Built in 1889, by Charles W. Morse of Bath, Maine as the C.W. Morse for the Knickerbocker Towing Company of New York, New York. A subsidiary of the The Knickerbocker Ice Company of New York, New York.
In 1898, she was acquired by the Atlantic Transportation Company of Boston, Massachusetts. Where the tug retained her name.
She was later acquired by the Cornell Towing Company of New York, New York. Where she retained her name. However, the tug was laid up at Roundout Creek in Kingston, New York. Where she was never used in active service.
In 1912, the tug was acquired by Captain A.J. McAllister of the Greenpoint Lighterage Company of New York, New York. Where she retained her name.
The Greenpoint Lighterage Company would later become the McAllister Brothers Towing Company of New York, New York. Which became McAllister Towing and Transportation of New York, New York.
In 1916, the tug was acquired by a foreign company called the Sugar Products Shipping Company. However, the tug was lost with all hands in a hurricane, after taking on bunkers in Trinidad, West Indies.
She had been completely overhauled just before her voyage. Under ordinary circumstances her bunkers would have carried sufficient coal for twelve days steaming. The tug was provisioned for four months. She regularly carried a crew of seventeen. However on this particular voyage, she carried twenty three crew members. The tug left New York for West Africa via San Juan on the July 17th, 1916.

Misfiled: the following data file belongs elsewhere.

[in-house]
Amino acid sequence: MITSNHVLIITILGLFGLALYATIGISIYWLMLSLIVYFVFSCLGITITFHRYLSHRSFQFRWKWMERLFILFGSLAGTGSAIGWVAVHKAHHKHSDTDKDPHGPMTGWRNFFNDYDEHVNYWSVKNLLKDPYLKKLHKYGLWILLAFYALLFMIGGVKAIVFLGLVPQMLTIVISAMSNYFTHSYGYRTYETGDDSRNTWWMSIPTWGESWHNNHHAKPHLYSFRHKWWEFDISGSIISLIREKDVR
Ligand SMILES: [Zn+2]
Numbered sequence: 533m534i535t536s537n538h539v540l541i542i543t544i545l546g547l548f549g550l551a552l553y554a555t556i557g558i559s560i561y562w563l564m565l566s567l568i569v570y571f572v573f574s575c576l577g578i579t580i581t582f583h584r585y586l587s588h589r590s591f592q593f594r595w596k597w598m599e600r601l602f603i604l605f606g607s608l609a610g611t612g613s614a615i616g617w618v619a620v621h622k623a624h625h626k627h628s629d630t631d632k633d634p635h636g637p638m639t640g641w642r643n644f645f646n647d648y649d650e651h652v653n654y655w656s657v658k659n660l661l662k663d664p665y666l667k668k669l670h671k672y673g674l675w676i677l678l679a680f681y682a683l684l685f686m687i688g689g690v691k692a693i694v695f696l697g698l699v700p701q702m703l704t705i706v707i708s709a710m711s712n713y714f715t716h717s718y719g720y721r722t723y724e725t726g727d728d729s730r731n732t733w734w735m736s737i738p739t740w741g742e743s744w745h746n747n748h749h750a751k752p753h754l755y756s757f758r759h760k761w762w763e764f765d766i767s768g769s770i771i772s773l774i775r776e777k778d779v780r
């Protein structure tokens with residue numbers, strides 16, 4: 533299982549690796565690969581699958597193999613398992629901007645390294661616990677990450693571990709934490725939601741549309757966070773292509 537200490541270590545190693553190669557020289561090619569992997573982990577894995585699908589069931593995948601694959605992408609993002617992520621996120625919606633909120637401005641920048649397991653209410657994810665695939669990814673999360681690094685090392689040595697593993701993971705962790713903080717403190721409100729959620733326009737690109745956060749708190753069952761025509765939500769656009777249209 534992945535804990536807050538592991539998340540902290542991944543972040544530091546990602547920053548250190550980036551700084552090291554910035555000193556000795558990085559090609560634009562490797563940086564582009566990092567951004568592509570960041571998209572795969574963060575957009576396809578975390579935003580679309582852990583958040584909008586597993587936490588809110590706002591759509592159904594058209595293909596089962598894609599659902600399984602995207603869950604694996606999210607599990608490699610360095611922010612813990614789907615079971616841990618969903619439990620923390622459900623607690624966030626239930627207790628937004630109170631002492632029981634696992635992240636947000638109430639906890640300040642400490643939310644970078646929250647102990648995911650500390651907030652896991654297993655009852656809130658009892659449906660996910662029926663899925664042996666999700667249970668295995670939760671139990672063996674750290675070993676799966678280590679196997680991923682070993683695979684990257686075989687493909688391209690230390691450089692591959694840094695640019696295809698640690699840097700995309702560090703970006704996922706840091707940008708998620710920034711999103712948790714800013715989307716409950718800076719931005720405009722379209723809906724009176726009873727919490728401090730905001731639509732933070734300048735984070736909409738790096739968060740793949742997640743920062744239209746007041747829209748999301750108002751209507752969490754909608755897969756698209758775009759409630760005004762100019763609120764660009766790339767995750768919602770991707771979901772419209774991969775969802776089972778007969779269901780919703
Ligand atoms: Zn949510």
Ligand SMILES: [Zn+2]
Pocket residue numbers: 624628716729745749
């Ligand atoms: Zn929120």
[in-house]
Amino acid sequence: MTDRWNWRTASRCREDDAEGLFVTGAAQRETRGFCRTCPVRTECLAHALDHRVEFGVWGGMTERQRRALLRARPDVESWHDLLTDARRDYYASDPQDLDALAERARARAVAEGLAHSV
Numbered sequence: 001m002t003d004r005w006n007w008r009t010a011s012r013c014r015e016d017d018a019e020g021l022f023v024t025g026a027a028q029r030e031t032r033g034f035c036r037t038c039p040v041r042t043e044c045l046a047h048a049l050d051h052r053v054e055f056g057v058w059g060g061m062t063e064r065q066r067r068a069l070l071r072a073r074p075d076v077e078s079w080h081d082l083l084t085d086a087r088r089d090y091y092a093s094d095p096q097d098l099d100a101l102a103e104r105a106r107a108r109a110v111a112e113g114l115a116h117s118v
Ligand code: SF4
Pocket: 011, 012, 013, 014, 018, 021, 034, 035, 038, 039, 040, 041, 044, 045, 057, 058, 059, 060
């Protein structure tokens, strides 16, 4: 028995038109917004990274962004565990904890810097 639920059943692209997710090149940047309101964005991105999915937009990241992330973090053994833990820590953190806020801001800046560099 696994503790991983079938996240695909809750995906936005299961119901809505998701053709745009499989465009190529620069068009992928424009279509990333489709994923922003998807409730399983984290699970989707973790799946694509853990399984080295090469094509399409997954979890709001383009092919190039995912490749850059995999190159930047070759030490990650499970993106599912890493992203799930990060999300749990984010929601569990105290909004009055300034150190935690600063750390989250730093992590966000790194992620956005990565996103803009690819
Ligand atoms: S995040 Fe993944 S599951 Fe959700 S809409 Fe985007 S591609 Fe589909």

The center of a tropical disturbance was reported by the Weather Bureau north of Santo Domingo. It is believed, the tug likely ran into the hurricane which had crossed the Atlantic and struck Spain on July 25th, 1916. The tug would have reached San Juan, Puerto Rico approximately twelve days after her departure. However, she never arrived and there is no record of the tug ever being found.
Driven by a single engine. She was a single screw tug, rated at 1,050 horsepower.
(David Wright, Steve Lang)